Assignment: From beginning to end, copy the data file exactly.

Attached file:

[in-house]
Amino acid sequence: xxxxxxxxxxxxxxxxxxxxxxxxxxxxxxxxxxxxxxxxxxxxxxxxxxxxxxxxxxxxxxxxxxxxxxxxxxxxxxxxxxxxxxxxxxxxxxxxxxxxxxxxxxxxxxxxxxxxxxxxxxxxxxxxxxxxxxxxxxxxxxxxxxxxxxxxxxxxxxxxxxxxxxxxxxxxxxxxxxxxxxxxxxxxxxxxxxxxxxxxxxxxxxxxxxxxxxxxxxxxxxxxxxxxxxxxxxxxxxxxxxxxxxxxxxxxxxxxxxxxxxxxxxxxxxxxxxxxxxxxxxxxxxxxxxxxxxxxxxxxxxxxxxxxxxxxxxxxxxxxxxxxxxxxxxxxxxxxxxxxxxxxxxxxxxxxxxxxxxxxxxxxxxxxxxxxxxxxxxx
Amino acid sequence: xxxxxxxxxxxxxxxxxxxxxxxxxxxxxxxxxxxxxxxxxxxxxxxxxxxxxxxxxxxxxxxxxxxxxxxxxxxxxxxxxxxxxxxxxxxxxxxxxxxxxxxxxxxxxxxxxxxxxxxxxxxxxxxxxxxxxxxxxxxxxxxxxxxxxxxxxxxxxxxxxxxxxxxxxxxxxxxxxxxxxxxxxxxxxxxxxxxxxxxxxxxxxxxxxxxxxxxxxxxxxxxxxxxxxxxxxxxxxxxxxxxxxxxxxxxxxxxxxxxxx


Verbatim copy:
[in-house]
Amino acid sequence: xxxxxxxxxxxxxxxxxxxxxxxxxxxxxxxxxxxxxxxxxxxxxxxxxxxxxxxxxxxxxxxxxxxxxxxxxxxxxxxxxxxxxxxxxxxxxxxxxxxxxxxxxxxxxxxxxxxxxxxxxxxxxxxxxxxxxxxxxxxxxxxxxxxxxxxxxxxxxxxxxxxxxxxxxxxxxxxxxxxxxxxxxxxxxxxxxxxxxxxxxxxxxxxxxxxxxxxxxxxxxxxxxxxxxxxxxxxxxxxxxxxxxxxxxxxxxxxxxxxxxxxxxxxxxxxxxxxxxxxxxxxxxxxxxxxxxxxxxxxxxxxxxxxxxxxxxxxxxxxxxxxxxxxxxxxxxxxxxxxxxxxxxxxxxxxxxxxxxxxxxxxxxxxxxxxxxxxxxxx
Amino acid sequence: xxxxxxxxxxxxxxxxxxxxxxxxxxxxxxxxxxxxxxxxxxxxxxxxxxxxxxxxxxxxxxxxxxxxxxxxxxxxxxxxxxxxxxxxxxxxxxxxxxxxxxxxxxxxxxxxxxxxxxxxxxxxxxxxxxxxxxxxxxxxxxxxxxxxxxxxxxxxxxxxxxxxxxxxxxxxxxxxxxxxxxxxxxxxxxxxxxxxxxxxxxxxxxxxxxxxxxxxxxxxxxxxxxxxxxxxxxxxxxxxxxxxxxxxxxxxxxxxxxxxx